"I cut down on the time it takes to record grades by giving each student the number corresponding to her/his name in my grade book. Each new year I give students these directions: (1) Make a box on the right hand corner of the folder that you bring to class each day and put the number in this box; and (2) Write this number on the right corner of your paper each time you write your regular heading. Grades will always be posted on the right hand side of the paper. When assignments and tests are picked up, I ask a student to place them in order according to the numbers. Believe me, time is really saved when recording the grades!"

Behavioral Seating Chart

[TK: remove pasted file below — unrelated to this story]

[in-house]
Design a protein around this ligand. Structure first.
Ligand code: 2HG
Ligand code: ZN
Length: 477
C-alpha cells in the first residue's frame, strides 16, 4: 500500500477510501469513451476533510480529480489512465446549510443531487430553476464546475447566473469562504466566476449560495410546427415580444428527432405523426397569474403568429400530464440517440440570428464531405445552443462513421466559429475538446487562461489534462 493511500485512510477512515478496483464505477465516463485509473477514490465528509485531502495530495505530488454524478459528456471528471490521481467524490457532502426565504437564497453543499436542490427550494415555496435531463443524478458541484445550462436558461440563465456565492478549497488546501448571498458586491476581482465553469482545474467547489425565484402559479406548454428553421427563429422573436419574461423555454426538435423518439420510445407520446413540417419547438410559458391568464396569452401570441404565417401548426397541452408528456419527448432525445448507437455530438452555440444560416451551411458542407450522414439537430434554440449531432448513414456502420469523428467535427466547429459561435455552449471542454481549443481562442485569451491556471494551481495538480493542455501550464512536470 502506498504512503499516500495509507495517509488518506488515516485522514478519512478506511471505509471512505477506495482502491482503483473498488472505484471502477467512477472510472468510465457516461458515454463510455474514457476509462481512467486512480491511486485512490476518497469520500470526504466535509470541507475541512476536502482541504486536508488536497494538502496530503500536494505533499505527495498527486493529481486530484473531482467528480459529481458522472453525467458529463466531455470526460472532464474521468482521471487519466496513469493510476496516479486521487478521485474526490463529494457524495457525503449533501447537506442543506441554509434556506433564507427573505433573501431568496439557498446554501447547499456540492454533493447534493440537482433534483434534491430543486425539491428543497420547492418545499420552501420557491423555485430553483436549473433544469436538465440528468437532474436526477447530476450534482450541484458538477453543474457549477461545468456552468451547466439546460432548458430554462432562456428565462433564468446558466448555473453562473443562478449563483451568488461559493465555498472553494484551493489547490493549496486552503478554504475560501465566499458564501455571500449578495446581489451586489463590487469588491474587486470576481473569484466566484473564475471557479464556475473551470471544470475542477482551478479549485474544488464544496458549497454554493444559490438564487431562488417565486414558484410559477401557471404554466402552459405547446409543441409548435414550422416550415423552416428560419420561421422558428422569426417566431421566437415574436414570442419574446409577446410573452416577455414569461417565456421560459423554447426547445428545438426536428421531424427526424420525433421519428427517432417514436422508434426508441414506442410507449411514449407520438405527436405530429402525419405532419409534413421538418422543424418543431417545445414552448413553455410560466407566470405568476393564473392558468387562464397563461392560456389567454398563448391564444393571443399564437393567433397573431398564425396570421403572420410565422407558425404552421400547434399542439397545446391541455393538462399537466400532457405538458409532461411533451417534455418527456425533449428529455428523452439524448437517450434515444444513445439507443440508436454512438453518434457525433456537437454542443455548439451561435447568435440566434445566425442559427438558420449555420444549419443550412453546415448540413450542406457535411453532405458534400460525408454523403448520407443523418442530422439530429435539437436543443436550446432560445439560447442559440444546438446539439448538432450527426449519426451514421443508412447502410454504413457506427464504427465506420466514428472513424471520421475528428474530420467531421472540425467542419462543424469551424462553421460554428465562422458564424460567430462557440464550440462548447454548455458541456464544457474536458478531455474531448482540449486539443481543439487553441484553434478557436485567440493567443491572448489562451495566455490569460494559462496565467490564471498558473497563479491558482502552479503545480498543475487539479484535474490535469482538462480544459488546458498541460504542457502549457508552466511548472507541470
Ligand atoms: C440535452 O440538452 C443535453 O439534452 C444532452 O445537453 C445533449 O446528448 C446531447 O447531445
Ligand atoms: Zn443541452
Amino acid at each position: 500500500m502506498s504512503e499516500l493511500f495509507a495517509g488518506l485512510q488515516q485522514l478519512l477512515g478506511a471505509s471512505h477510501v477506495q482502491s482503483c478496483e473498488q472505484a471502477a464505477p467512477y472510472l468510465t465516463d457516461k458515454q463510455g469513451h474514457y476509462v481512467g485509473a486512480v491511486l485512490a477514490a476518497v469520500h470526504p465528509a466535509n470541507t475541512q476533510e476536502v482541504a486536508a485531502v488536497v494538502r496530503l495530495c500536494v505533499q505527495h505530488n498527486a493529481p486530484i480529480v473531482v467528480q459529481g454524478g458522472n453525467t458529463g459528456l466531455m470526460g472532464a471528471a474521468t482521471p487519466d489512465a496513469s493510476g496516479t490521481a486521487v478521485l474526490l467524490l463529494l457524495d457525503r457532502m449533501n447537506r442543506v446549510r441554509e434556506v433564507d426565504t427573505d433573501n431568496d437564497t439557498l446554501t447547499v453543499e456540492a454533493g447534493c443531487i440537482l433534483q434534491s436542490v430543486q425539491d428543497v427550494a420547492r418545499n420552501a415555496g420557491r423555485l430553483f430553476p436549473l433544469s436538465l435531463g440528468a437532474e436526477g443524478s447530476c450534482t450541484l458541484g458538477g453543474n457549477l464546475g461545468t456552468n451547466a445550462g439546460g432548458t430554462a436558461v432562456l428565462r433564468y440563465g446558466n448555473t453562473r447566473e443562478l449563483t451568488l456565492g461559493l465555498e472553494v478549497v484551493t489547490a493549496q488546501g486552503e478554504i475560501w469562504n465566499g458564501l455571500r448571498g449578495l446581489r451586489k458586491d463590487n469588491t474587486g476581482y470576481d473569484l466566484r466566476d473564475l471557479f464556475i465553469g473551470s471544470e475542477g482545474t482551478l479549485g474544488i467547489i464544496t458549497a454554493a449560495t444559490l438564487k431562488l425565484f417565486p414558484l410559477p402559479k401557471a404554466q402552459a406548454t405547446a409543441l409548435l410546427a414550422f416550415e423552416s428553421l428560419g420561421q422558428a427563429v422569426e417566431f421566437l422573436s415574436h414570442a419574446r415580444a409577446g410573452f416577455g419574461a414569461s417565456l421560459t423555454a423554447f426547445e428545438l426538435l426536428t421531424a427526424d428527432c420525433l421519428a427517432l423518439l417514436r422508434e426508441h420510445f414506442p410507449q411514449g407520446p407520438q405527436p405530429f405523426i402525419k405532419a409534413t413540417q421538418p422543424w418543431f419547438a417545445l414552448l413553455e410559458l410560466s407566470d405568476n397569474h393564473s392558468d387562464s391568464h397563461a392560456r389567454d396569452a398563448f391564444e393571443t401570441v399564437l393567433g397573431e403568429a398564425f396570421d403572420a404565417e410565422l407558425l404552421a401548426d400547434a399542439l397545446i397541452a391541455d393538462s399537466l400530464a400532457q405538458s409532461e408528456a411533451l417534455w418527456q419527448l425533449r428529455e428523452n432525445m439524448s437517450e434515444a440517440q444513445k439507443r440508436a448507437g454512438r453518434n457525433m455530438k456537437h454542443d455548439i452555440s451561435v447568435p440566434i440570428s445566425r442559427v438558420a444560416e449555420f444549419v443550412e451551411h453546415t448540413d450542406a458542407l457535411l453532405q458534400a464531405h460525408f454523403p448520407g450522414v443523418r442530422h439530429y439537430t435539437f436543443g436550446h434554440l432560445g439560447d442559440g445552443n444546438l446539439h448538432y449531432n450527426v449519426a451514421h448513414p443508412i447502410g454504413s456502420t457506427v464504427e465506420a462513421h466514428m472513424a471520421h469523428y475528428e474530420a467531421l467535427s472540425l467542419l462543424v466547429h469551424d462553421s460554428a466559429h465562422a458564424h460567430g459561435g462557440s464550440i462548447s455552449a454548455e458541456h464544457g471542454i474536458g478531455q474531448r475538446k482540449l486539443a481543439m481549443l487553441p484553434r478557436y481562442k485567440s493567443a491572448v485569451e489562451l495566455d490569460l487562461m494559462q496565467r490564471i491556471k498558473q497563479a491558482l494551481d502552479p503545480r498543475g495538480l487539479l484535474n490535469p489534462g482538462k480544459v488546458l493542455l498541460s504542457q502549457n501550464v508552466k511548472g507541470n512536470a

From Melanie McCarty, a sixth grade science teacher at Elwood Community Middle School in Elwood, Indiana:
"I have trouble remembering the behavioral history of kids in my class. I recognize the escalation or improvement of problems but it s hard for me to remember specific dates and incidents. I make my seating chart so that the box with the student's name in it is large. When a student has a problem, I write the date, code number for the rule, and if necessary, a note about what happened. I use a new copy of my seating chart each week. It looks very professional to be able to recite exact dates of incidents when parents ask."


School staff experience their most difficult time with student behavior during transitions. As students change from one activity to another, return from recess or a special event, or move from one part of the room to another, successful teachers report the necessity of using a number of strategies.
Consider the following:

As you announce an upcoming transition, remind students of the kind of behavior you're looking for.